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Non-Domination and Egalitarian Welfare Politics

Halldenius, Lena LU (1998) In Ethical Theory and Moral Practice 1(3).
Abstract
Recently in the debate over the nation state and particularly the welfare state, new (or perhaps one should say ”recycled”) arguments have come into play, possibly as a consequence of an overall shift of focus in political philosophy. Critics of the welfare state was previously most concerned with what they saw as violations of individual property rights, that is, arguments concerning the philosophical grounds of the welfare state. Now in the wake of a renewed interest in citizenship and the viability of the nation state as such, questions concerning the sustainability of the welfare state have arisen anew, that is, arguments about the consequences of a welfare state, and not any consequences but its civic consequences. The worry has two... (More)
Recently in the debate over the nation state and particularly the welfare state, new (or perhaps one should say ”recycled”) arguments have come into play, possibly as a consequence of an overall shift of focus in political philosophy. Critics of the welfare state was previously most concerned with what they saw as violations of individual property rights, that is, arguments concerning the philosophical grounds of the welfare state. Now in the wake of a renewed interest in citizenship and the viability of the nation state as such, questions concerning the sustainability of the welfare state have arisen anew, that is, arguments about the consequences of a welfare state, and not any consequences but its civic consequences. The worry has two components: 1. The welfare state idea, concerned as it is with justice claims that citizens can level against the state and each other is antagonistic and threatens to destroy those very sentiments of loyalty that are necessary to sustain it. 2. The welfare state is too vast and centralized to be able to foster public identification and will leave its citizens feeling powerless and disenchanted.

One of several spokespersons for these concerns is Michael J. Sandel who, in his latest book Democracy’s Discontent (1996), in the aftermath of the liberal-communitarian debate believes himself to be reviving the republican tradition with its emphasis on civic virtues. In this article I will, first, argue that Sandel not only misdiagnoses the republican tradition but that his position is actually, and contrary to his own opinion, worse equipped to deal with solidarity and social vulnerability than welfare state theories. Working from a radicalization of Philip Pettit’s republican reconceptualization of ”freedom” as non-domination, I will, secondly, argue for those connections between this notion and strong claims about social justice that Pettit believes are not there. (Less)
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author
organization
publishing date
type
Contribution to journal
publication status
published
subject
keywords
social justice, Philip Pettit, Michael Sandel, property, non-domination, freedom, welfare state, welfare politics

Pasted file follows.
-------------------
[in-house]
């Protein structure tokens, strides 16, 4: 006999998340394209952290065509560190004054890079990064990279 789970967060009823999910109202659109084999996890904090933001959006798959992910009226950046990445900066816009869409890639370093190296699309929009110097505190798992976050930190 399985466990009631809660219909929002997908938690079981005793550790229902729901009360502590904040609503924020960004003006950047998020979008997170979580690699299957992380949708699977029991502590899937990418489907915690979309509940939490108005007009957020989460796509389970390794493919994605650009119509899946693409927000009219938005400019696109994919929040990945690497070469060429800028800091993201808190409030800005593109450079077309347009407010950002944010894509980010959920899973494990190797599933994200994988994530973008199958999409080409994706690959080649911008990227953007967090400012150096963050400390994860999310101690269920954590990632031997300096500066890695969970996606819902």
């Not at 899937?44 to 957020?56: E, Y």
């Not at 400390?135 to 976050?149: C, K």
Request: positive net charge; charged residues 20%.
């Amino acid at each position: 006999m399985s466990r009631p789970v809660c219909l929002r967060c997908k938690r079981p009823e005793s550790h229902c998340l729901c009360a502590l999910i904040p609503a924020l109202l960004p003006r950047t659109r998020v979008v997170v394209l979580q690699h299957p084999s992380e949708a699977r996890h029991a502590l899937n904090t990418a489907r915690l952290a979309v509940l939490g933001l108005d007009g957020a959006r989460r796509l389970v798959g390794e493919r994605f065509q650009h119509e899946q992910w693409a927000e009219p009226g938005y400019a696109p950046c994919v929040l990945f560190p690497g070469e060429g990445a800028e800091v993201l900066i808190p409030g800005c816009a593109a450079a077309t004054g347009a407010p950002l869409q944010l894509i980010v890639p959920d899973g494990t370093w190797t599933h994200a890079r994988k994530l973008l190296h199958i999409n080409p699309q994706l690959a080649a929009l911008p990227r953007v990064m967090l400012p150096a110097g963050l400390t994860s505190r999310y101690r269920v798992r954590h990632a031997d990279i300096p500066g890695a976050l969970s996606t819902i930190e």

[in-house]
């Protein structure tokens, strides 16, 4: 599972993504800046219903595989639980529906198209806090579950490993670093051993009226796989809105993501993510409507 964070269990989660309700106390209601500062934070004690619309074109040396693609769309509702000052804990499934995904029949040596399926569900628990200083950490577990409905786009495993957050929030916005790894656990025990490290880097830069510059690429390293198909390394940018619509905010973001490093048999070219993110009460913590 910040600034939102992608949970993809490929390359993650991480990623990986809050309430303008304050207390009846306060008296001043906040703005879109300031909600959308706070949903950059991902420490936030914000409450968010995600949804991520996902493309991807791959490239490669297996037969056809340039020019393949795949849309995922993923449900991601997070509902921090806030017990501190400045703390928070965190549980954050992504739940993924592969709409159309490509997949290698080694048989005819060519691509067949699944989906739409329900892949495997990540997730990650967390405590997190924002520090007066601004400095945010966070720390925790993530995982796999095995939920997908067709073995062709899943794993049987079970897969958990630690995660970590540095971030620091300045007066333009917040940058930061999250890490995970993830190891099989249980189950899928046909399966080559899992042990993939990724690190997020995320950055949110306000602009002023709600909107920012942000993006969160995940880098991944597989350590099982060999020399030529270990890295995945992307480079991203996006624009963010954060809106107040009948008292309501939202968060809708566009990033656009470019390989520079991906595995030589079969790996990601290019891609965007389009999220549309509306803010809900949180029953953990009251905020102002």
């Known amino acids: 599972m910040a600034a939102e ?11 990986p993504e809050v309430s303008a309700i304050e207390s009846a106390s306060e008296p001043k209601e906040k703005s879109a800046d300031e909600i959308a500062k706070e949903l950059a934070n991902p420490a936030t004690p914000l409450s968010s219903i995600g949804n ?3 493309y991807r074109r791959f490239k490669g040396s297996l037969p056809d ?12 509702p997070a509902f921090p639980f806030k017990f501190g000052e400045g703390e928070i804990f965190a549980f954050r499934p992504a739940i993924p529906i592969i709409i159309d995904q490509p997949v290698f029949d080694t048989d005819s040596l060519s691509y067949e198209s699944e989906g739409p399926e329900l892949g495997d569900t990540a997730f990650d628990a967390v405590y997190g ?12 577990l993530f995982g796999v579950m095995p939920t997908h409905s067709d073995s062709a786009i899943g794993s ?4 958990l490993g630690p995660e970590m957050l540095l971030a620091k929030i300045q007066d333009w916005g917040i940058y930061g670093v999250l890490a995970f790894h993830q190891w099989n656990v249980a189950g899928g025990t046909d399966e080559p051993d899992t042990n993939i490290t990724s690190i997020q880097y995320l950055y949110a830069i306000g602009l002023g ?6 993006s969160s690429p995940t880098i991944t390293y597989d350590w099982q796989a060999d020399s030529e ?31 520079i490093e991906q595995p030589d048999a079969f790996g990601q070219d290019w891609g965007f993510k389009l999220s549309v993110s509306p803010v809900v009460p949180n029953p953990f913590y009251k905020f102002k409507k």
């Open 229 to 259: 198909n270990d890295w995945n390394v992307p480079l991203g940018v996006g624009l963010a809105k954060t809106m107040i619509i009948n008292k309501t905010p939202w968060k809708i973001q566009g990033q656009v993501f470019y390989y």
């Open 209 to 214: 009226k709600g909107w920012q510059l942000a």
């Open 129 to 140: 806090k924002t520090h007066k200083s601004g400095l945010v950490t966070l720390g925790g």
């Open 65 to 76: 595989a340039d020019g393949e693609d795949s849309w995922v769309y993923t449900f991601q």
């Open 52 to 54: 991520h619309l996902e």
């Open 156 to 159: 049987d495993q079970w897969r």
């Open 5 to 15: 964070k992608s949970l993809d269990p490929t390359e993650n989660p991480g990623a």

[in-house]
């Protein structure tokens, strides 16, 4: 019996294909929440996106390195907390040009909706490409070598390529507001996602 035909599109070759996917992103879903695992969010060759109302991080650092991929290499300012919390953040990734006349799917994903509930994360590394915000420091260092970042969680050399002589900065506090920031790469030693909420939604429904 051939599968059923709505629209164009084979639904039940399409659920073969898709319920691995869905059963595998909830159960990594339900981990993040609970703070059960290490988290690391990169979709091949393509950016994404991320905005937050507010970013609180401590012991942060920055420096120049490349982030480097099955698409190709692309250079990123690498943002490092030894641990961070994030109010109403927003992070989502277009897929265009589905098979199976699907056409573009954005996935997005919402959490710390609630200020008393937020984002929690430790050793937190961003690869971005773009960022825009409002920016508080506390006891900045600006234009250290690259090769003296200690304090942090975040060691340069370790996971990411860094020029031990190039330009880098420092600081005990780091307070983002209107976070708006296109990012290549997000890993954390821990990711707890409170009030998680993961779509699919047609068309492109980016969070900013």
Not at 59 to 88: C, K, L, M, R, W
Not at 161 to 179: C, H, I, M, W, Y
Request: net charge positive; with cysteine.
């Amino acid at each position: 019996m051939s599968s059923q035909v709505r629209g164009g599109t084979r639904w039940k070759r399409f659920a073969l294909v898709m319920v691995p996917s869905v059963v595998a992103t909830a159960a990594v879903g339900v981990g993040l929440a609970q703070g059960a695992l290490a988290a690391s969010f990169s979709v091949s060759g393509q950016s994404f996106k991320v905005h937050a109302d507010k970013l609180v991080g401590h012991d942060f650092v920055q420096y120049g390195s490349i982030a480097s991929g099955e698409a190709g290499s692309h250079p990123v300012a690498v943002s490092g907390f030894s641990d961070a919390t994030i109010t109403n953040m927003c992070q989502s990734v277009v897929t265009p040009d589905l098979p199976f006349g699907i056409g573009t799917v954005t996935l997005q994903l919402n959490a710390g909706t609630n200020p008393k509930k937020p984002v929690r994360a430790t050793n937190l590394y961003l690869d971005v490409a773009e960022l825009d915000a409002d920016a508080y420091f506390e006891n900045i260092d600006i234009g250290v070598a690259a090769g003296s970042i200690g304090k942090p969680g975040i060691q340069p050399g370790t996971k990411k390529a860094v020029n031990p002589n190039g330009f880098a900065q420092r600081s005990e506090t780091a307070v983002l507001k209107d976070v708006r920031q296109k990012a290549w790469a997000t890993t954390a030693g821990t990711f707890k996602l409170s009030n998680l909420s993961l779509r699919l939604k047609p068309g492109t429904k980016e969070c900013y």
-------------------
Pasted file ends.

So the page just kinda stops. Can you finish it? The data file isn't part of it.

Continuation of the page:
in
Ethical Theory and Moral Practice
volume
1
issue
3
publisher
Springer
ISSN
1386-2820
language
English
LU publication?
yes
id
61a8ae13-d42f-4821-b892-d0994a67799c (old id 1652323)
date added to LUP
2010-08-10 16:00:08
date last changed
2016-04-15 20:24:07
@article{61a8ae13-d42f-4821-b892-d0994a67799c,
  abstract     = {Recently in the debate over the nation state and particularly the welfare state, new (or perhaps one should say ”recycled”) arguments have come into play, possibly as a consequence of an overall shift of focus in political philosophy. Critics of the welfare state was previously most concerned with what they saw as violations of individual property rights, that is, arguments concerning the philosophical grounds of the welfare state. Now in the wake of a renewed interest in citizenship and the viability of the nation state as such, questions concerning the sustainability of the welfare state have arisen anew, that is, arguments about the consequences of a welfare state, and not any consequences but its civic consequences. The worry has two components: 1. The welfare state idea, concerned as it is with justice claims that citizens can level against the state and each other is antagonistic and threatens to destroy those very sentiments of loyalty that are necessary to sustain it. 2. The welfare state is too vast and centralized to be able to foster public identification and will leave its citizens feeling powerless and disenchanted. <br/><br>
	One of several spokespersons for these concerns is Michael J. Sandel who, in his latest book Democracy’s Discontent (1996), in the aftermath of the liberal-communitarian debate believes himself to be reviving the republican tradition with its emphasis on civic virtues. In this article I will, first, argue that Sandel not only misdiagnoses the republican tradition but that his position is actually, and contrary to his own opinion, worse equipped to deal with solidarity and social vulnerability than welfare state theories. Working from a radicalization of Philip Pettit’s republican reconceptualization of ”freedom” as non-domination, I will, secondly, argue for those connections between this notion and strong claims about social justice that Pettit believes are not there.},
  author       = {Halldenius, Lena},
  issn         = {1386-2820},
  keyword      = {social justice,Philip Pettit,Michael Sandel,property,non-domination,freedom,welfare state,welfare politics},
  language     = {eng},
  number       = {3},
  publisher    = {Springer},
  series       = {Ethical Theory and Moral Practice},
  title        = {Non-Domination and Egalitarian Welfare Politics},
  volume       = {1},
  year         = {1998},
}